Boris Johnson's claim that world trade rules could be used after Brexit to avoid tariffs "isn't true", cabinet minister Liam Fox has said.
The international trade secretary, who is backing Jeremy Hunt for leader, said the EU will apply trade tariffs.
Mr Fox, a Brexiteer, said he would prefer to leave with a deal and Mr Hunt has a "good chance" of getting one.
Tory MP Liz Truss, who is backing Mr Johnson, said not leaving the EU on 31 October would be a "disaster".
It has been three years since the UK voted to leave the EU in a referendum.
Speaking to the BBC's Andrew Marr Show, Mr Fox rejected Mr Johnson's claim that the UK could secure a 10-year standstill in current arrangements using an article of the General Agreement on Tariffs and Trade known as "Gatt 24".
"It isn't true, that's the problem," he said.
Mr Fox said Mr Johnson's argument that a new free trade agreement could be negotiated during an implementation period "doesn't actually hold".
"If you don't get the withdrawal agreement through Parliament, there is no implementation period during which we can do anything at all," he said.
"Secondly, if we leave the European Union without a deal the EU will apply tariffs to the UK because you can only have exemptions, as described, if you already have a trade agreement to go to.
"Clearly if we leave without a deal it's self-evident we don't have that agreement, so Article 24 doesn't hold in that circumstance."
But he said a no-deal Brexit is the "legal default position" and the UK will have "no negotiating capital" if it is ruled out.
Justice Secretary David Gauke, who had been backing Rory Stewart for leader until the international development secretary's elimination, also criticised Mr Johnson's Brexit plan, saying it was not "credible".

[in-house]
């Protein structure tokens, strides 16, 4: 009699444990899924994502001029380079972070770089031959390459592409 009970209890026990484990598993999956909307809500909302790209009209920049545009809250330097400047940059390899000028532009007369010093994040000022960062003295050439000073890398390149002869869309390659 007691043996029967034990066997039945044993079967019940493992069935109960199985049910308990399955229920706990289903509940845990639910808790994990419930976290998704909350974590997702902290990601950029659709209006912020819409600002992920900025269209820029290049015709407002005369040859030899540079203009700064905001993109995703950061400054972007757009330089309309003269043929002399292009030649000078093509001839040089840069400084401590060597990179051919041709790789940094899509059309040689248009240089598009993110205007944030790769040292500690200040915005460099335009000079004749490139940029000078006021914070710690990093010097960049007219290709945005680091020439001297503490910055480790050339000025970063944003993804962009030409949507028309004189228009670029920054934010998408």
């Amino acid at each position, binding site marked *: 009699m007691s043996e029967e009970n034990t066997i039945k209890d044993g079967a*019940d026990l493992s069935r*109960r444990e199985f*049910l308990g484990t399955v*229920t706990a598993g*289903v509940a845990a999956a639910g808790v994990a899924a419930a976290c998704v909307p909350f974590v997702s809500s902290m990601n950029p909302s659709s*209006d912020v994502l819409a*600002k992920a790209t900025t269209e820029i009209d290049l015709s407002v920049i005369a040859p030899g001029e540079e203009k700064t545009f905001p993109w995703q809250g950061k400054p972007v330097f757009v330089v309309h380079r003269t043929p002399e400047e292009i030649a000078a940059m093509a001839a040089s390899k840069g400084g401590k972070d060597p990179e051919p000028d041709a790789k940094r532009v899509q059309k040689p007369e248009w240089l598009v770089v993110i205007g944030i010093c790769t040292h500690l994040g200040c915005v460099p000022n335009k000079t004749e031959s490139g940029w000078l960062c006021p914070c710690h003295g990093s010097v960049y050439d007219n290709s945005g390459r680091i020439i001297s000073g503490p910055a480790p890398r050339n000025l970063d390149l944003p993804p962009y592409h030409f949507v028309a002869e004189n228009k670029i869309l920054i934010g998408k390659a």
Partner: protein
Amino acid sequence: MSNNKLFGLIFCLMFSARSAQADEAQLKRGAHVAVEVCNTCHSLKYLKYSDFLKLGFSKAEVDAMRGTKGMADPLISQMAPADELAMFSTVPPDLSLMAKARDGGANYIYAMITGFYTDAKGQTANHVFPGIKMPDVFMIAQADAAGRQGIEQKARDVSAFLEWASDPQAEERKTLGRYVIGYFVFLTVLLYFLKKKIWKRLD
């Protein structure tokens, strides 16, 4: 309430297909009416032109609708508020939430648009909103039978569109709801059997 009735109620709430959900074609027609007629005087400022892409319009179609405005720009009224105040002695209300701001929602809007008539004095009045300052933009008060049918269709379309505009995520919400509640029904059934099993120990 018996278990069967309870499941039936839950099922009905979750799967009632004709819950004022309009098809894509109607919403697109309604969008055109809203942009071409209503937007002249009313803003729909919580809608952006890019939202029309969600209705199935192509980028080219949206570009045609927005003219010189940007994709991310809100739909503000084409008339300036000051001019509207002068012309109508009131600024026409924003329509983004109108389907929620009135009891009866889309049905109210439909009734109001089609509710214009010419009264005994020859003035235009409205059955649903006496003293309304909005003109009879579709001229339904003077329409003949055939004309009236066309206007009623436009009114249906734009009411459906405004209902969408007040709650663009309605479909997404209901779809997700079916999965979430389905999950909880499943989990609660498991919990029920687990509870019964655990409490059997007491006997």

If your Brexit strategy involves:— David Gauke (@DavidGauke) June 22, 2019
(a) leaving without a deal but negotiating an FTA during the implementation period; or
(b) making unilateral use of Article 24 of GATT
you don’t have a credible Brexit strategy.
If your strategy involves both (a) and (b), 🤦♂️🤦♂️🤦♂️🤦♂️🤦♂️.
And Scottish First Minister Nicola Sturgeon told Sky News's Sophy Ridge on Sunday that choosing Mr Johnson as prime minister would be "disastrous" for the Conservatives, particularly in Scotland - which voted to remain in the EU.
When asked what she thought of SNP Westminster leader Ian Blackford's comments during PMQs last week that Mr Johnson was a "racist", she said: "I agree with Ian Blackford's comments."
She said Mr Johnson has "made overtly racist comments" during his career.
But also speaking on Sky News, Conservative MP Rishi Sunak, who is backing Mr Johnson, defended the leadership hopeful.
He said Mr Johnson was not racist and has "apologised for any offence caused" by his comments over the years.
Elsewhere, Chief Secretary to the Treasury Liz Truss, told BBC 5 Live's Pienaar Politics that Brexit was a matter for the executive and not for Parliament - which rejected Theresa May's Brexit deal three times.
She also criticised Mr Hunt, accusing him of "kicking the can down the road" on Brexit, which "would be a disaster".
She said Mr Johnson would seek to re-negotiate with the EU and would be "much clearer that we are prepared to leave on 31 October".
Mr Hunt has said he would delay leaving on 31 October only if a potential deal with the EU was in the pipeline.
While Mr Johnson has been more outspoken on the subject, Mr Fox said he had not heard Mr Johnson say he would definitely leave on 31 October, even if a new deal was within reach.
The EU has repeatedly said the withdrawal agreement will not be renegotiated.